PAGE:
First and foremost the fear of cults is real. I’m not too scared now, but when I lived in Los Angeles, I would get visited by Jehovah’s Witnesses, Mormons, and other people trying to convince me of their religious beliefs. Now, I’m not overtly just shoving these religions down throats, and I’m not openly going to debate the religious connotations involved with all these religions, but the fact that people believe these people in droves is scary. The more you dive into these religions via books like “Kingdom of the Cults” or “Cults in Our Midst” you start to see how coerced people are that are joining these cults. This film depicts the end result, rather then the recruiting process.

Cults are nothing too new in our society. I recently saw “Witness to Jonestown” and was in near tears at points when survivors talked about the final hours of Jonestown, alongside footage of the final hours, and how gripping the whole scenario played out. If you’re not familiar with Jonestown, here’s the very condensed version: Jim Jones was a preacher that came along and convinced thousands of people that they were called to help the poor, take in widows, help others and love God. With that he started a church and gained major influence on people and politics. He then convinced his group to move to the jungles of South America and build a utopian community. All was going seemingly well until family members started to get concerned and a news crew alongside a senator flew to Jonestown and discovered some very awful things overall. What happened next was the biggest mass suicide of religious proportions in recent history. Few survived and roughly 1,000 people died. It was sad.

The idea of a diehard doomsday cult scares me and scares a lot of people. What saddens me is the fact that people jump into these things and they are sincere! They are not brain washed initially, they start with good intentions, and somehow it just snowballs. Heaven’s Gate Cult is another example that is quite scary and each of those followers died via suicide, convinced that they are going to get onto a comet. Cults are nothing new, and I recommend everyone read a little about them and not be deceived by anything out right. Do your homework! Don’t be droids, please.

Believers Ending Spoiler

The second scary issue that has been on my mind recently is the “What If?” factor that is involved with this film. The ending is not the traditional ending, as the cult was right! Sorry for spoiling it for you guys, but come on, you saw that coming if you read my review of Believers previously. The Cult warns of a coming end of the world, and as one of the paramedics closes the door we see the beginning of the comets hitting earth and the end of life as we know it. Being a Christian, I personally have heard so many debates over the book of Revelations and the “end of days”, that I have a hard time believing any new analysis of the book. I personally am putting my trust in God and not going to blindly follow any end days ideology. However, the Bible is not the only thing that talks about the end times. The Y2K scare was huge, and some were calling for the end of days, and we had nothing. But there was enough hysteria that I personally knew people that were stock piling water and supplies because things were going south fast. Books were published and I wasn’t fooled. Some thing that 2012 is going to bring the end thanks to the Mayan Calendar and most likely won’t inspire the end. Myself being alive for whatever the end of the world is, scares me a great deal. I don’t dwell on it, but it is one of the only things in life that can make me sick to my stomach.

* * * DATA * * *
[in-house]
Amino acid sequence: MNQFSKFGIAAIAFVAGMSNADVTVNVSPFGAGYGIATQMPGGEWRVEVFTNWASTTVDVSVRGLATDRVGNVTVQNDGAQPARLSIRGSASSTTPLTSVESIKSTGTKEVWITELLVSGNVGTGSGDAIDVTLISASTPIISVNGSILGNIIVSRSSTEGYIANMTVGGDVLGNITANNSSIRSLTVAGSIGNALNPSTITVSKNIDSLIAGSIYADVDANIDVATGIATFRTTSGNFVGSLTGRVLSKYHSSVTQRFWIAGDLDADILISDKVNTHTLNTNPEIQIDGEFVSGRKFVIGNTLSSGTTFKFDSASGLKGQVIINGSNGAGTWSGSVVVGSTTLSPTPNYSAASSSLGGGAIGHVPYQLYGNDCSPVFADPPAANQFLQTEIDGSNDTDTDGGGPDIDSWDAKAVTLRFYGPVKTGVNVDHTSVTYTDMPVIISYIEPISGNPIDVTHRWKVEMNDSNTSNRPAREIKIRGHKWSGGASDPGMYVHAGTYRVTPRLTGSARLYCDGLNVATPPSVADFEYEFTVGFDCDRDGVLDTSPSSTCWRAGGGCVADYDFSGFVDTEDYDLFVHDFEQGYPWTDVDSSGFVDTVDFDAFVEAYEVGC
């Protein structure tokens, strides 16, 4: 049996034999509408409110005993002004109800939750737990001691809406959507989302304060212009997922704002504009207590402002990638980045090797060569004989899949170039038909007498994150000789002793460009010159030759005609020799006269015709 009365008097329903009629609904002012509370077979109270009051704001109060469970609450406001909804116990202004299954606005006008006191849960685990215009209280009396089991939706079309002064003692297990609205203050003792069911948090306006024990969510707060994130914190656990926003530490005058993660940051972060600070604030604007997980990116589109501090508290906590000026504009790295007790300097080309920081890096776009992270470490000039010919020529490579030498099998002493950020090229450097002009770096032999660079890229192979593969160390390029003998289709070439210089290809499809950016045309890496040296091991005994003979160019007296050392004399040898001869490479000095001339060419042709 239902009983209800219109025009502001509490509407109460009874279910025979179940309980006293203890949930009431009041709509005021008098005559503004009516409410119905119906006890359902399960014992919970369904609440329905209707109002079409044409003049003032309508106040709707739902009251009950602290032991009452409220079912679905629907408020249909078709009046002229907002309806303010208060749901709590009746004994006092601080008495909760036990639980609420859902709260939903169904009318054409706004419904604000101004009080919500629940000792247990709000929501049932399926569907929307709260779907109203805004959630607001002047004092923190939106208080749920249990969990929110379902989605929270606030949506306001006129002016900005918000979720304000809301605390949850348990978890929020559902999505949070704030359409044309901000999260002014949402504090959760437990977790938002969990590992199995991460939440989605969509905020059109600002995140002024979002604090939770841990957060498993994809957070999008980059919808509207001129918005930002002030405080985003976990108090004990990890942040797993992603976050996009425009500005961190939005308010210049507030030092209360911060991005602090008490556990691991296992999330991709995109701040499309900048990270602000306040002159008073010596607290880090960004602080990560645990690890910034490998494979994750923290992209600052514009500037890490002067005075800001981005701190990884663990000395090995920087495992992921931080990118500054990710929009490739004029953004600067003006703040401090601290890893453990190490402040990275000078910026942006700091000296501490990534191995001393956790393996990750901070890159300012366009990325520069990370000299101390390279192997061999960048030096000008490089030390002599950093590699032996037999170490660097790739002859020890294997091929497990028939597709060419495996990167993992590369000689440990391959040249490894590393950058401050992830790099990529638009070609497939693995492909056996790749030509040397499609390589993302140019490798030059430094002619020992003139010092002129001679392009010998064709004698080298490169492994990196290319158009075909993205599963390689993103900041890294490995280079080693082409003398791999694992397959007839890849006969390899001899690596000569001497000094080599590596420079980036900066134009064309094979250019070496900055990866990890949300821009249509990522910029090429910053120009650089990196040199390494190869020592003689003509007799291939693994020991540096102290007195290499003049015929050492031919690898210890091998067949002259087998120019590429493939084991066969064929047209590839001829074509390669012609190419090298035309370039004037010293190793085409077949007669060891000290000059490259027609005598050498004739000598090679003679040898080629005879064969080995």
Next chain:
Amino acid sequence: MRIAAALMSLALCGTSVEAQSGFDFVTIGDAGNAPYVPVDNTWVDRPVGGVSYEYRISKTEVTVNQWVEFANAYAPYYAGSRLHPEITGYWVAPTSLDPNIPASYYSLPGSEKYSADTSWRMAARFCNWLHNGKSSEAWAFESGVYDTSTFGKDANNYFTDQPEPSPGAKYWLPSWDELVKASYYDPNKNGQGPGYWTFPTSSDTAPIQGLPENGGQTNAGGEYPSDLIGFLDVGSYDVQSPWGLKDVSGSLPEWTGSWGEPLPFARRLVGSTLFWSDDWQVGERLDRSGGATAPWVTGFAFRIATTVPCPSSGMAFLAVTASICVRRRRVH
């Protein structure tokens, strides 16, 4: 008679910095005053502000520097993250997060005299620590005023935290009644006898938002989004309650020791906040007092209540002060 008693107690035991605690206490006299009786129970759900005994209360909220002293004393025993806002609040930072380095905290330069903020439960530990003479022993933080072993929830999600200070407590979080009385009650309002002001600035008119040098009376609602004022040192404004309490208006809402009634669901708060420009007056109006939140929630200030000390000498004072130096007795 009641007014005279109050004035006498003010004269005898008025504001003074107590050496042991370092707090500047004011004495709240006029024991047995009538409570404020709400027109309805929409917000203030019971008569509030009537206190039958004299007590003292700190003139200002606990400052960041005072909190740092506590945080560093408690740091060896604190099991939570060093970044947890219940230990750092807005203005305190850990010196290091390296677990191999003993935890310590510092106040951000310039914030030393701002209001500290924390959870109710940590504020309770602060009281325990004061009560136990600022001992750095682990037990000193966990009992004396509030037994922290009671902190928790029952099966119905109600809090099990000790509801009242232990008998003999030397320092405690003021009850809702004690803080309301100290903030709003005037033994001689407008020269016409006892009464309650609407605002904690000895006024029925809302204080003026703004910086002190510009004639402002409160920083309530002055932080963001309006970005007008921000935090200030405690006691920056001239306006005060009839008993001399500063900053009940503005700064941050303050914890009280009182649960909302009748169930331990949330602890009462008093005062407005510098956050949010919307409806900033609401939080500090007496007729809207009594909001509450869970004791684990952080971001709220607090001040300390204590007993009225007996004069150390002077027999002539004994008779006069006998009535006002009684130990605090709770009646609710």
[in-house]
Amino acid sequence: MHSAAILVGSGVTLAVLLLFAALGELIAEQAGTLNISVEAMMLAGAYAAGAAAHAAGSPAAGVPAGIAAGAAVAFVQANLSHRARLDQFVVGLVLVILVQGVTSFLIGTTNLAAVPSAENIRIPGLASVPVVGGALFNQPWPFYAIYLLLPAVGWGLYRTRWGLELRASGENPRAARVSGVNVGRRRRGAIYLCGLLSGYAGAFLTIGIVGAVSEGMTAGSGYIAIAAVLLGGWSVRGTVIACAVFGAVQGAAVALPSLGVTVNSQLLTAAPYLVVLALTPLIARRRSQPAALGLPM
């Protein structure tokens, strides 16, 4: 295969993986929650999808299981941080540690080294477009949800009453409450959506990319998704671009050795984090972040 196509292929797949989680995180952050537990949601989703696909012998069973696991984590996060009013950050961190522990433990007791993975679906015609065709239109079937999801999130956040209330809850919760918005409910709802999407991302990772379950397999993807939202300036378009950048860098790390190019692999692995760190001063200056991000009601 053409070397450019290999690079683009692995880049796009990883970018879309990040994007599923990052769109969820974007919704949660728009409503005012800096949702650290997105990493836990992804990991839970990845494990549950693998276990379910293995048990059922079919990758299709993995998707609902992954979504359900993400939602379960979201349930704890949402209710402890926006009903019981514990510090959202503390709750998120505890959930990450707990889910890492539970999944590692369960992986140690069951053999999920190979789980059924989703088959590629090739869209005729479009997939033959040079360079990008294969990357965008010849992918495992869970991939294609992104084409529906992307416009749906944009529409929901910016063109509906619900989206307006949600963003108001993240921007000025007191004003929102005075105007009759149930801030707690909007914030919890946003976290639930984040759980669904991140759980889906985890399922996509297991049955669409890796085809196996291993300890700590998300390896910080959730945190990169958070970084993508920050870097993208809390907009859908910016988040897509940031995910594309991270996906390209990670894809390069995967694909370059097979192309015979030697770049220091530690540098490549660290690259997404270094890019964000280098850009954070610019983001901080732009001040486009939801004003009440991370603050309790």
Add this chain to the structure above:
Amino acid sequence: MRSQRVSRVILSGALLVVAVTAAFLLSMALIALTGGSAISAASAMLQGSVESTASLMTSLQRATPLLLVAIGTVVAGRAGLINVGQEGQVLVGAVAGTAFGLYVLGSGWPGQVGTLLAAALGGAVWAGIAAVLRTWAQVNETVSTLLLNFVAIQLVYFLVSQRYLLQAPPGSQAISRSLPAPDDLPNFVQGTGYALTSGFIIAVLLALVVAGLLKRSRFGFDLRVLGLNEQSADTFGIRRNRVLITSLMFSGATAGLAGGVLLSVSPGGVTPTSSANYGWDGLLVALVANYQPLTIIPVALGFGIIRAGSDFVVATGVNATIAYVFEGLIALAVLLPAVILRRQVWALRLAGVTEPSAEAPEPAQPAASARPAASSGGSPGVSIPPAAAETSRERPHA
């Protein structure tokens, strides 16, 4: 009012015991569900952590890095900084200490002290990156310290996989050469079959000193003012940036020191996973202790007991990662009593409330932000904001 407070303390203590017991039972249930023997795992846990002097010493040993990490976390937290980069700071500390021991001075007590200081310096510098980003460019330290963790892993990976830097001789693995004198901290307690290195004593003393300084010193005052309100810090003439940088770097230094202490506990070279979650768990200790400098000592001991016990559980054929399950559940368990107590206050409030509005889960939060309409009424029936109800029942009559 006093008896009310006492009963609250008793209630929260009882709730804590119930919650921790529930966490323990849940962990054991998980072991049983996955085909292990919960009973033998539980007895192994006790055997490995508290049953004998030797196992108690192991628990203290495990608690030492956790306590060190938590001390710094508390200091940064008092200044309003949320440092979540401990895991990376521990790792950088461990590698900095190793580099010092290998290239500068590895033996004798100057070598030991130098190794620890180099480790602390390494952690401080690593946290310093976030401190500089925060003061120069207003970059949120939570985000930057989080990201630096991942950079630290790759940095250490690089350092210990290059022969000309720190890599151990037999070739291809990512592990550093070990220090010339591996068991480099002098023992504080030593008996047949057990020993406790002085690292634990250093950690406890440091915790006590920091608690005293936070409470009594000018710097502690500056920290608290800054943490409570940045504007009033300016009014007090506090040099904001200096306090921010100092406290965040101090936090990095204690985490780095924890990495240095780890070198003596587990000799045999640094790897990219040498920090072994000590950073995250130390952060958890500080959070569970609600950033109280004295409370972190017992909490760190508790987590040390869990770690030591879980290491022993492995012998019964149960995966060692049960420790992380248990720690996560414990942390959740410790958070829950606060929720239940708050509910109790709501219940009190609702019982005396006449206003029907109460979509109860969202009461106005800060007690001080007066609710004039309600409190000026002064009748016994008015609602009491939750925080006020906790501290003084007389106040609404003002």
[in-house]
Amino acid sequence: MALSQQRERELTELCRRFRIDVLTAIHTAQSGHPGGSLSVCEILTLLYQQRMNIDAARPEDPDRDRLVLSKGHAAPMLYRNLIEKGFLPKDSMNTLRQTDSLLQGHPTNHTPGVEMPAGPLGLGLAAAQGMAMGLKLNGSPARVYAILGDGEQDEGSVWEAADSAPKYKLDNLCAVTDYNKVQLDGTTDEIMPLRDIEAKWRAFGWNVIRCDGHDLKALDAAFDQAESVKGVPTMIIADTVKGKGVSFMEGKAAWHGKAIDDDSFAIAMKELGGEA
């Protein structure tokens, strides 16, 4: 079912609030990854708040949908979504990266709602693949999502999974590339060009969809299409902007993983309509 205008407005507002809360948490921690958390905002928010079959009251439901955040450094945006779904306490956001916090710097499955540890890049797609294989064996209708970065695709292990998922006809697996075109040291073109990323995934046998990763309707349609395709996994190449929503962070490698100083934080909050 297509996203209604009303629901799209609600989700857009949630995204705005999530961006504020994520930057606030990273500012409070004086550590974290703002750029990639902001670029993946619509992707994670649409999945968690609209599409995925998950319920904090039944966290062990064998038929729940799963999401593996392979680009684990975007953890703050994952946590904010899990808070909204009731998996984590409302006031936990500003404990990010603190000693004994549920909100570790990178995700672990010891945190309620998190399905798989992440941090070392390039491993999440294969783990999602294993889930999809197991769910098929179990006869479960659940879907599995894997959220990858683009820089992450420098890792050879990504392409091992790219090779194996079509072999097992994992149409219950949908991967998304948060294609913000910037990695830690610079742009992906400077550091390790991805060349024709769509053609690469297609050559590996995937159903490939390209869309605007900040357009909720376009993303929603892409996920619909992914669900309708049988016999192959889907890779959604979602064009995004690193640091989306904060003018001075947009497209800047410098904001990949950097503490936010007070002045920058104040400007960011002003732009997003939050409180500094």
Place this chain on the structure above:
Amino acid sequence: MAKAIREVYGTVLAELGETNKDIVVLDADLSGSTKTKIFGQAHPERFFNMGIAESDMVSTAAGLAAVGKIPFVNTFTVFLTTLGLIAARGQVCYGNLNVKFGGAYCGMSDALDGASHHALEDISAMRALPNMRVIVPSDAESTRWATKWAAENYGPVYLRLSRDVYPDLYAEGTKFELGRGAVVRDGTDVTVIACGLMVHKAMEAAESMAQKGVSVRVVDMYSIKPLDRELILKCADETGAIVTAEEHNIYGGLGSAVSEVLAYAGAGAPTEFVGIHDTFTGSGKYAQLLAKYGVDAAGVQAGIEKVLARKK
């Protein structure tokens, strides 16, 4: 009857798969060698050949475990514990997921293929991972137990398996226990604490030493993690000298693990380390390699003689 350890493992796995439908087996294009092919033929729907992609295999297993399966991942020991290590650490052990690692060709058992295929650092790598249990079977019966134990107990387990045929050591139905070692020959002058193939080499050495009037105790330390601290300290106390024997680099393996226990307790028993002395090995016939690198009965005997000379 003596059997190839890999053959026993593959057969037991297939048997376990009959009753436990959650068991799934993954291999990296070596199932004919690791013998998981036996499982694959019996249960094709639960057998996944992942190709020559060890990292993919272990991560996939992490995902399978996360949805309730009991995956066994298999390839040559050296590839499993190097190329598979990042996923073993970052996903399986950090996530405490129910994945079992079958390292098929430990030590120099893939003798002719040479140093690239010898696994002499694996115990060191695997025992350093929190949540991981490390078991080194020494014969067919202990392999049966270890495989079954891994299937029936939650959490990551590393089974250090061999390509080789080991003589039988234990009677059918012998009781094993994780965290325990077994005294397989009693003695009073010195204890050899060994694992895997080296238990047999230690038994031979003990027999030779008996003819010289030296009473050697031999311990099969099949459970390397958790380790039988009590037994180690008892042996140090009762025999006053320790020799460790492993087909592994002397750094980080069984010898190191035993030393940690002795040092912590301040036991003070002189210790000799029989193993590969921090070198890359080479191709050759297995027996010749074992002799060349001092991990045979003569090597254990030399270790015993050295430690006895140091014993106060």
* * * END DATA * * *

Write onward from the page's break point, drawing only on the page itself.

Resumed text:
Believers is NOT a great film. However, taking a second look, it has enough of a push into cult behavior to trigger some messed up dreams. The what if factor, combined with the real life cults that abound, create a moody little piece of cinema, and so I recommend checking Believers at least once, and see if that closing of the door towards the end doesn’t freak you out a little bit.

Simpsons Movementarian

As a Bonus, to lighten the mood, cults are not an old topic. They were the subject of a hilarious romp on the Simpsons! Marge ends up escaping from the clutches of “The Leader” and it was a hilarious episode from Season 9. Cults in the mainstream are also not new, as we heard of a polygamy case recently. Also do you recall Waco Texas? There was a big cult there too. Point is, we are fragile people sometimes, and this film might not be overtly about cults at large, but it made my brain think a little more than usual, and you know what? That’s why horror is important.

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Monday, November 10, 2008

Audition Review

Audition Dvd

Asian cinema is making some insane movies, and they are so serious on their delivery. The U.S hasn’t made anything this creepy in the last 20 years and I’m glad to say that they haven’t remade this one just yet.

Audition follows a normal businessman who seeks a wife via an unorthodox search. He holds auditions to find an actress, but really what he is looking for is a new mate. The women come in one by one, and our main character Shigeharu Aoyama is fascinated by this seemingly quiet, and reserved woman Asami. He then searches her background only to find out that Asami is an insane and deeply frightening person.